Although only a handful of states have implemented rules related to the disposal of batteries, PV panels and other renewable assets, the time has come to consider their fate as early installations reach the end of their useful life, industry leaders concluded during a Tuesday webinar hosted by the Electric Power Research Institute (EPRI).
Batteries, solar panels and even wind turbines contain components that could be repurposed and recycled, panelists said, but high costs and the limited availability of these materials present barriers to scaling up recycling operations.
To create a "circular economy" in which no raw materials are wasted would reduce the lifetime environmental impact of renewable energy, but accomplishing this requires intent and funding that "starts at the design phase," said Peter Perrault, senior manager of circular economy and sustainable solutions at Enel North America.
When Neil Wilmshurst, the newly installed senior vice president of energy system resources at EPRI, thinks of the circular economy, he thinks of his wife's iPhone.
"AT&T, Apple, all the providers, they to a certain extent have shown us how this works," Wilmhurst said. "We have this technology that needs to be upgraded. We got a credit for my wife's iPhone, and AT&T got a customer for three years."
His wife's old phone, Wilmhurst said, might be refurbished and resold to a second-hand buyer. Or it could be scrapped and sold for parts. That, he said, captures ideas such as "end-of-first-life" and "circular economy" that he hopes to see embraced in the renewable energy industry.
But there are some barriers to making this a reality, particularly for regulated utilities with an obligation to keep costs low, according to Jeff West, senior director of environmental services for Xcel Energy. Recycling, he said, is rarely the economic option, making it a hard sell to regulators.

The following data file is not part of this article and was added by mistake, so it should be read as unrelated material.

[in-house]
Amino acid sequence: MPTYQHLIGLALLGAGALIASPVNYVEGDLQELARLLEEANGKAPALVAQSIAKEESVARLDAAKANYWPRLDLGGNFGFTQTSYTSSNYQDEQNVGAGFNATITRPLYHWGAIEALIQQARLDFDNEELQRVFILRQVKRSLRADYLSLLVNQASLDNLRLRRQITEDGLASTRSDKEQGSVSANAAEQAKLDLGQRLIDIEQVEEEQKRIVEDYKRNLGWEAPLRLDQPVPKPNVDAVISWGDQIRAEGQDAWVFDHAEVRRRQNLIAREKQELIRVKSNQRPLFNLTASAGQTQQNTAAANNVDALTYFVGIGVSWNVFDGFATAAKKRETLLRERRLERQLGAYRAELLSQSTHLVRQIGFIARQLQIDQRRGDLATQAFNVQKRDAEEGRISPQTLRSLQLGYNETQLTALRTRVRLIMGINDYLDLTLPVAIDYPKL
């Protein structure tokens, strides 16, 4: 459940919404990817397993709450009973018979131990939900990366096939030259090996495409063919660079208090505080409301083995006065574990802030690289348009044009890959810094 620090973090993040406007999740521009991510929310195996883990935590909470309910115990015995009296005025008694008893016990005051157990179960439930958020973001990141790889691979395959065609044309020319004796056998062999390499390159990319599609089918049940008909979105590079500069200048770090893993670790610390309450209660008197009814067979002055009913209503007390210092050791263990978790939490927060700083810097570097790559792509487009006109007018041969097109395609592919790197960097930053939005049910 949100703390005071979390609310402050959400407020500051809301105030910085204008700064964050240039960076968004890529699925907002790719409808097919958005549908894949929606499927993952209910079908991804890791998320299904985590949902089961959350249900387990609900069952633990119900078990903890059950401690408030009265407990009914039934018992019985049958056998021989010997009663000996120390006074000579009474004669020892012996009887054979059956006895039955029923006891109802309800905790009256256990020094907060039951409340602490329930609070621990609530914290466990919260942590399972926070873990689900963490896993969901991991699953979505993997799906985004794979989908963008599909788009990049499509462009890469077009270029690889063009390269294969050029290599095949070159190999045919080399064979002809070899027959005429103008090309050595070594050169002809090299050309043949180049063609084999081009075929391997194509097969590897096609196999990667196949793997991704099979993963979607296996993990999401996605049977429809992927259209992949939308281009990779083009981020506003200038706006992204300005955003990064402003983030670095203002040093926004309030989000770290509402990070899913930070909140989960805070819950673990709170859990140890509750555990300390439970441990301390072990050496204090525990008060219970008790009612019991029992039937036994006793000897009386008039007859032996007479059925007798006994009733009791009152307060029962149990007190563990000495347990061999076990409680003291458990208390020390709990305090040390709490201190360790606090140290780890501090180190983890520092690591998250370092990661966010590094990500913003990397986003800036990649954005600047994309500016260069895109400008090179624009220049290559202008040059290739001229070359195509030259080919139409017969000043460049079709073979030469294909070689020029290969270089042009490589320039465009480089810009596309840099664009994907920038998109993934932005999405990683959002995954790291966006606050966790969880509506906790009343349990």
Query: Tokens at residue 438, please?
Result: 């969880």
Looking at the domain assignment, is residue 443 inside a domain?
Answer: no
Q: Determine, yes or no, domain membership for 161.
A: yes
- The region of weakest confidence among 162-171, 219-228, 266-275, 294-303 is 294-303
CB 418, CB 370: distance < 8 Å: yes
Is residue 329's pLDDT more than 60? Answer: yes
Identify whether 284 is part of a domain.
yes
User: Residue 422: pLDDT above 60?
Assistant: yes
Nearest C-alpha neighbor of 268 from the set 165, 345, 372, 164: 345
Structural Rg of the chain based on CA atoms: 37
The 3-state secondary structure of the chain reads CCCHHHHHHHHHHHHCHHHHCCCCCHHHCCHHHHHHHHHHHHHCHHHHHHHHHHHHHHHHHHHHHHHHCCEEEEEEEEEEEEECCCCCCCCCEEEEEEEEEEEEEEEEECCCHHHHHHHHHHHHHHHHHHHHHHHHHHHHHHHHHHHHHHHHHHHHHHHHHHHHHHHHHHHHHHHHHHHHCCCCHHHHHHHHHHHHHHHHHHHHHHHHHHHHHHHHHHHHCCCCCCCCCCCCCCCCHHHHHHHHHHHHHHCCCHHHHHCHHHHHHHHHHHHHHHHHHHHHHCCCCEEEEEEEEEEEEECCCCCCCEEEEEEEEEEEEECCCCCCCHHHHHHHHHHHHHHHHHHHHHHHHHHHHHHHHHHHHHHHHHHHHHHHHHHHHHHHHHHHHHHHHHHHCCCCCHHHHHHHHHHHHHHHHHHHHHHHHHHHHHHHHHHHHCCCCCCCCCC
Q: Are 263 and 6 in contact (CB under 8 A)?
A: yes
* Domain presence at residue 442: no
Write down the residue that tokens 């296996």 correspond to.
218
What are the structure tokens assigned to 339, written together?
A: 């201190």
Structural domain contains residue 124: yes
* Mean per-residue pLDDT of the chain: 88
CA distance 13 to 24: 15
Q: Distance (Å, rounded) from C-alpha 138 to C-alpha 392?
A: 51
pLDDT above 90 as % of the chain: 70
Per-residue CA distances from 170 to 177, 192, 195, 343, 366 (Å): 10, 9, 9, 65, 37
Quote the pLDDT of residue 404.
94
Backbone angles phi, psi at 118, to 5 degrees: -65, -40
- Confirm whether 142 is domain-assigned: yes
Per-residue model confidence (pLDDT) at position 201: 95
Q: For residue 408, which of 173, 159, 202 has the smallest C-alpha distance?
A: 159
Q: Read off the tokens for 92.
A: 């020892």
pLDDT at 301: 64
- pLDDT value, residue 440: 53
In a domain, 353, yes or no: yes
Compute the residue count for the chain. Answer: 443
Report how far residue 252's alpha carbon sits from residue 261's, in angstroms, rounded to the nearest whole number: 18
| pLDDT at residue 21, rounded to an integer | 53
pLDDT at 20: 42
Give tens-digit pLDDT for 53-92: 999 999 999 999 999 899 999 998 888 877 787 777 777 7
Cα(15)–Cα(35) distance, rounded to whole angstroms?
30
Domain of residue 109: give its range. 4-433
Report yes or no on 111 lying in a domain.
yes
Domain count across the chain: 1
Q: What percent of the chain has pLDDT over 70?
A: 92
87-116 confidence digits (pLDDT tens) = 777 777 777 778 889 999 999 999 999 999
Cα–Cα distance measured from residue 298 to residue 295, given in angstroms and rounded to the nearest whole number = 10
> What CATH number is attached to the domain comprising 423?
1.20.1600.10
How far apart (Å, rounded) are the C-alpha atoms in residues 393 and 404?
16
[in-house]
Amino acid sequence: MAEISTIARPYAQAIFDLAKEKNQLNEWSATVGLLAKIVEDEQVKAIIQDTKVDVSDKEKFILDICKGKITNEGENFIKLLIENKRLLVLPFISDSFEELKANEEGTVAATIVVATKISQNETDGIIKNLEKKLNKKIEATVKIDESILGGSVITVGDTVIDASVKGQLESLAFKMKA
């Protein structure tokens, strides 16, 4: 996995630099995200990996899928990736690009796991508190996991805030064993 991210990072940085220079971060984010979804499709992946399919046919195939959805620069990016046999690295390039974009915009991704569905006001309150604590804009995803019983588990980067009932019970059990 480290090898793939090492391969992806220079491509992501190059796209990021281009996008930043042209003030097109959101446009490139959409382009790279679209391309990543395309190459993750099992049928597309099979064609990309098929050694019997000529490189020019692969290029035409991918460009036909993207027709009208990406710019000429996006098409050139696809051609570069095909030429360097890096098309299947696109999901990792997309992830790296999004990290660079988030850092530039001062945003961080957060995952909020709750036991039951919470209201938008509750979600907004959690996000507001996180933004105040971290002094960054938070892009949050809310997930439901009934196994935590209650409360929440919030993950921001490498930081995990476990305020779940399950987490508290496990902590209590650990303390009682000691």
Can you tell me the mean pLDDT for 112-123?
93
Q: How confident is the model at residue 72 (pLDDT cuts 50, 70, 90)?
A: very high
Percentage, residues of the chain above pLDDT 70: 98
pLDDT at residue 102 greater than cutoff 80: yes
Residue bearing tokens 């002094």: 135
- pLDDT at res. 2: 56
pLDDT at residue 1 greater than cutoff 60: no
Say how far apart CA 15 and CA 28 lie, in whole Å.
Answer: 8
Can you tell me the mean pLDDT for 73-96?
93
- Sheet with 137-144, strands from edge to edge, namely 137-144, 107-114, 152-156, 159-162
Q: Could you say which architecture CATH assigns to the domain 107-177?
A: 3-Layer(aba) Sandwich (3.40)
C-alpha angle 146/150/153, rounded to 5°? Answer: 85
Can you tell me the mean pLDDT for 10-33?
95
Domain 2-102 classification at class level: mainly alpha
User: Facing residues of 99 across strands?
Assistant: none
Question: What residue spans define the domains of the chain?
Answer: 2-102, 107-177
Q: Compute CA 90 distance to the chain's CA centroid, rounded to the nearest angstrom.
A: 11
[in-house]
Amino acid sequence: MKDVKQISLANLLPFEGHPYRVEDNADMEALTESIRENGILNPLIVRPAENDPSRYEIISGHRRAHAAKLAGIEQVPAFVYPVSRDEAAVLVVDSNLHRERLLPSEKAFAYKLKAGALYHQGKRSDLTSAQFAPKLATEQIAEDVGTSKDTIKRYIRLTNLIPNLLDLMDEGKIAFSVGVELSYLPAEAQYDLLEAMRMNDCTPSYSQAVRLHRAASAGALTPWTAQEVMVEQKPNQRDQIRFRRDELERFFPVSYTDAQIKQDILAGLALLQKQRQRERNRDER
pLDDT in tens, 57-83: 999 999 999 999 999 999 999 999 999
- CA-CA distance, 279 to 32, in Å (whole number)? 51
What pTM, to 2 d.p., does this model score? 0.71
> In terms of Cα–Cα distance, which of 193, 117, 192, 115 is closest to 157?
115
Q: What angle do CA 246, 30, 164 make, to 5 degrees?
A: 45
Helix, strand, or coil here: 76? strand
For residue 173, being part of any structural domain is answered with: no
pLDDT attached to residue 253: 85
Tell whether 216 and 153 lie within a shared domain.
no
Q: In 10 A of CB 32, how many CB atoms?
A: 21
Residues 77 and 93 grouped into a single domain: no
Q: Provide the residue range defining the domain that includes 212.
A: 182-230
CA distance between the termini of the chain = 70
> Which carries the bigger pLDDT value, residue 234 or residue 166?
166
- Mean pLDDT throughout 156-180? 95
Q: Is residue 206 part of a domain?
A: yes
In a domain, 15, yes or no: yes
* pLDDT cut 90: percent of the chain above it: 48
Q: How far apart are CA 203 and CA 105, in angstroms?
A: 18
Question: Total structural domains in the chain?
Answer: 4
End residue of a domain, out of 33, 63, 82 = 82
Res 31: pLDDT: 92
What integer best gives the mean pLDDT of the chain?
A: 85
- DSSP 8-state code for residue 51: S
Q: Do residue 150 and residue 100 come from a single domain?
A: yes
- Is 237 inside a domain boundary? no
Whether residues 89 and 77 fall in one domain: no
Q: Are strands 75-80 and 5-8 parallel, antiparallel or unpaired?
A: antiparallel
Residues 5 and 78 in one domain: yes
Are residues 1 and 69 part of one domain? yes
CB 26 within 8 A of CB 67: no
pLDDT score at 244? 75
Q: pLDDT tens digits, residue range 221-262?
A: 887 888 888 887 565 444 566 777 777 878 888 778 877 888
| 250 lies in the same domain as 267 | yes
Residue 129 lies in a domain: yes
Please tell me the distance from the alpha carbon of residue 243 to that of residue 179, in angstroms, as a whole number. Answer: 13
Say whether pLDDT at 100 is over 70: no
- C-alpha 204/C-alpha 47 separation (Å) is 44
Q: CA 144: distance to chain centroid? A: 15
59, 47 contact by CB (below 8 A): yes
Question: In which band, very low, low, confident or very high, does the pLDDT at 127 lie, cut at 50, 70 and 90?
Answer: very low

On the other hand, said Chris Howell, senior director of recycling operations at Veolia, when they put the concept to the test in partnership with GE, they found it was entirely possible to recycle over a thousand wind turbine blades from a repowering project. The blades, he said, were shredded and used for fuel and raw materials in cement kilns — a use that also helped the kilns realize a significant reduction of carbon dioxide emissions. The main obstacle wasn't cost, he said, it was volume.
"It takes significant investment to perform this service," he said. "So we had to 'chicken and egg' at the same time — source materials and determine offtakes, in a cost effective manner ... because it does cost more than going to the landfill."
Renewable recycling, Xcel's West agreed, is "in its infantile state."
It's not just that there's limited volumes of material from wind turbines, solar panels and batteries available to recycle, said Matt Henigan, deputy director of CalRecycle — it's also necessary to establish an entire recycling ecosystem where none has existed before.
CalRecycle has some thoughts on how that could be done, Henigan said, based on their other recycling programs. He said he was particularly keen on establishing fees that could be applied at the point of purchase and used to fund downstream recycling programs.
"We have maybe externalized some of these costs in our drive to make renewables competitive with fossil fuels," he said, "and now we need to reckon with that."